Caliph al-Mustasim founded a new capital at Samara in 836. It was abandoned in 883, by which time it covered over 50km. Ettinghausen and Grabar describe it as 'a palace the size of a city' and state that 'the ancient Near Eastern tradition of the royal 'paradise' was adopted by the Abbasids and sung by their poets' [Ettinghausen, R., Grabar, O., The art and architecture of Islam: 650-1250 (Penguin:1987) p.20].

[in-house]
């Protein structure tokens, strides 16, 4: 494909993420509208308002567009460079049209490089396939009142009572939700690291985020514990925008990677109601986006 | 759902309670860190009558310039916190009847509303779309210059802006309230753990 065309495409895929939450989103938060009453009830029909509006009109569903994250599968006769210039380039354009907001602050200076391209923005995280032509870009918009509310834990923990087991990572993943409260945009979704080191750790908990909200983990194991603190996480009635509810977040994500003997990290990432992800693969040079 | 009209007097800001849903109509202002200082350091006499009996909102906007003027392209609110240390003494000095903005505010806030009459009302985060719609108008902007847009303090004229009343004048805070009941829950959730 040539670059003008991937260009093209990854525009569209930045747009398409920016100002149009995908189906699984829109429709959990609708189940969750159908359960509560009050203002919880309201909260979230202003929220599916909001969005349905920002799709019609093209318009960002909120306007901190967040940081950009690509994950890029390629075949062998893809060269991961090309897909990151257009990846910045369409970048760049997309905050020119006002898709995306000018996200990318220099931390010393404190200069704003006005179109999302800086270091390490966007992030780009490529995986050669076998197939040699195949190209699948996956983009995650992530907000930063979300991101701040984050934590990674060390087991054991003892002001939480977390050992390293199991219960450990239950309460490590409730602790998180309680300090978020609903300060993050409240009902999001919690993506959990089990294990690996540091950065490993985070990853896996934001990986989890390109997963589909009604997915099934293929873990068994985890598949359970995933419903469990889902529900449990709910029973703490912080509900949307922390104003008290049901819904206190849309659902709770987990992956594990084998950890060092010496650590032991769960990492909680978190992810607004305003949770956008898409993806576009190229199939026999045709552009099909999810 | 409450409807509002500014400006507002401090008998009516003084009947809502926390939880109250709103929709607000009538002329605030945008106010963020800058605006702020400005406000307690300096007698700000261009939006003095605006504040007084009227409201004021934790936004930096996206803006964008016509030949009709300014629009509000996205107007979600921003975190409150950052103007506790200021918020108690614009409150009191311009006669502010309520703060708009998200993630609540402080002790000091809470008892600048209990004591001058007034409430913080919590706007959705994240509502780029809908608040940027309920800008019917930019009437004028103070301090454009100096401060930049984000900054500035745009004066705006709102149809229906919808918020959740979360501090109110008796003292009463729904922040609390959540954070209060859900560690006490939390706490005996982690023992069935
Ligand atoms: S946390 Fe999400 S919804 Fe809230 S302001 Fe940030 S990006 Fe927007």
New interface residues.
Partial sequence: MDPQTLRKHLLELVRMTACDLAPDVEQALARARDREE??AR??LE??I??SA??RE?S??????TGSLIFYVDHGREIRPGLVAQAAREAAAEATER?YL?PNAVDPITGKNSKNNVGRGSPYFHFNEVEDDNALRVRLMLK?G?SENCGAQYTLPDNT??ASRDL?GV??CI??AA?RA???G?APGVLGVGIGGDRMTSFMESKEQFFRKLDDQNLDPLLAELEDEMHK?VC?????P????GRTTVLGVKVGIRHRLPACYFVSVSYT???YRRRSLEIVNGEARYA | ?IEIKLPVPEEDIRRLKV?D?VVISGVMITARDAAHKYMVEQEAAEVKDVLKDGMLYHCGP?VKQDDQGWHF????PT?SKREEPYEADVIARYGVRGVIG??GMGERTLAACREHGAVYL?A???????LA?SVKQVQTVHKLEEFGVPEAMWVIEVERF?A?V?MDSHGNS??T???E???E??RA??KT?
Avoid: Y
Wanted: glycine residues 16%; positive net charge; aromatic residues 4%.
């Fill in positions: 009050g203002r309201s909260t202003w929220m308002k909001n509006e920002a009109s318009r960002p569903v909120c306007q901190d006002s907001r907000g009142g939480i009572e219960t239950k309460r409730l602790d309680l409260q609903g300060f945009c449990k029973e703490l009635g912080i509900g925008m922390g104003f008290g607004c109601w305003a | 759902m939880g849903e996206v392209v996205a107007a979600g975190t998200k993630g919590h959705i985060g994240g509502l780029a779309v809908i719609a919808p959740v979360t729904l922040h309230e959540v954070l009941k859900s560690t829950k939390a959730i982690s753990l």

The Balkuwara Palace has a series of courts on an axis. Elaborate doorways led from one court to another. Gothein's plan shows chahar bagh type crossing paths in the larger courtyards but (1) the courtyards have not been excavated (2) there is no sign of these lines on the aerial photograph (3) there are no crossing paths on the carefully research archaeological plan in Alastair Northedge's book The historical topography of Samarra (London : British School of Archaeology in Iraq, 2005). Mehdi Khansari and M. Reza Moghtader (in their book on Persian gardens, 1998) follow Gothein's plan - and should be questioned for the same reasons.